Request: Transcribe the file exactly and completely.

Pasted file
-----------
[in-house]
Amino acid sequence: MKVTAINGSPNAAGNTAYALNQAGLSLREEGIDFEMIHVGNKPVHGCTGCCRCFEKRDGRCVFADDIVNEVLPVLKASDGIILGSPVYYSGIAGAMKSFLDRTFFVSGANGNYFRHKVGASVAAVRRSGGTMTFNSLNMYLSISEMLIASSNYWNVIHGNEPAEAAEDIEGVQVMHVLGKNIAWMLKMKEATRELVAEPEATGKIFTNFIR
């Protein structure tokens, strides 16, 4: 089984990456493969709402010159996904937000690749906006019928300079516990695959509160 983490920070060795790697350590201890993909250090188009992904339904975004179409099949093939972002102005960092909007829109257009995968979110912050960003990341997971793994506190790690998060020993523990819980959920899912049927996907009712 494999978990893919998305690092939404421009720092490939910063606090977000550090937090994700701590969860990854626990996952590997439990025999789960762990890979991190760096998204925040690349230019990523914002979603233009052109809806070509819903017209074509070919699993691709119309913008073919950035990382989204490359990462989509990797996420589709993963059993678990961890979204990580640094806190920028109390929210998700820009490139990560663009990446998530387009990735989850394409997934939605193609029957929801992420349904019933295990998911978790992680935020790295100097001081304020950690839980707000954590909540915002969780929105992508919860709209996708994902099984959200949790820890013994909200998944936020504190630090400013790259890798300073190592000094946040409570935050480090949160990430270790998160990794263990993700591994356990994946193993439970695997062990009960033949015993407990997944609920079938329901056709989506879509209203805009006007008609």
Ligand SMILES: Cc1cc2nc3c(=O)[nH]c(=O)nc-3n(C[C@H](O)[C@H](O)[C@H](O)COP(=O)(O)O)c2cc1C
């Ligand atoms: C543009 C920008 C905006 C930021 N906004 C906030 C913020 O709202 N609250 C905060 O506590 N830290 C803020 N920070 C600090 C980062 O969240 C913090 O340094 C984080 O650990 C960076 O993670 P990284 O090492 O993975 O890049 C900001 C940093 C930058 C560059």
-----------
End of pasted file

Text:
[in-house]
Amino acid sequence: MKVTAINGSPNAAGNTAYALNQAGLSLREEGIDFEMIHVGNKPVHGCTGCCRCFEKRDGRCVFADDIVNEVLPVLKASDGIILGSPVYYSGIAGAMKSFLDRTFFVSGANGNYFRHKVGASVAAVRRSGGTMTFNSLNMYLSISEMLIASSNYWNVIHGNEPAEAAEDIEGVQVMHVLGKNIAWMLKMKEATRELVAEPEATGKIFTNFIR
């Protein structure tokens, strides 16, 4: 089984990456493969709402010159996904937000690749906006019928300079516990695959509160 983490920070060795790697350590201890993909250090188009992904339904975004179409099949093939972002102005960092909007829109257009995968979110912050960003990341997971793994506190790690998060020993523990819980959920899912049927996907009712 494999978990893919998305690092939404421009720092490939910063606090977000550090937090994700701590969860990854626990996952590997439990025999789960762990890979991190760096998204925040690349230019990523914002979603233009052109809806070509819903017209074509070919699993691709119309913008073919950035990382989204490359990462989509990797996420589709993963059993678990961890979204990580640094806190920028109390929210998700820009490139990560663009990446998530387009990735989850394409997934939605193609029957929801992420349904019933295990998911978790992680935020790295100097001081304020950690839980707000954590909540915002969780929105992508919860709209996708994902099984959200949790820890013994909200998944936020504190630090400013790259890798300073190592000094946040409570935050480090949160990430270790998160990794263990993700591994356990994946193993439970695997062990009960033949015993407990997944609920079938329901056709989506879509209203805009006007008609």
Ligand SMILES: Cc1cc2nc3c(=O)[nH]c(=O)nc-3n(C[C@H](O)[C@H](O)[C@H](O)COP(=O)(O)O)c2cc1C
């Ligand atoms: C543009 C920008 C905006 C930021 N906004 C906030 C913020 O709202 N609250 C905060 O506590 N830290 C803020 N920070 C600090 C980062 O969240 C913090 O340094 C984080 O650990 C960076 O993670 P990284 O090492 O993975 O890049 C900001 C940093 C930058 C560059």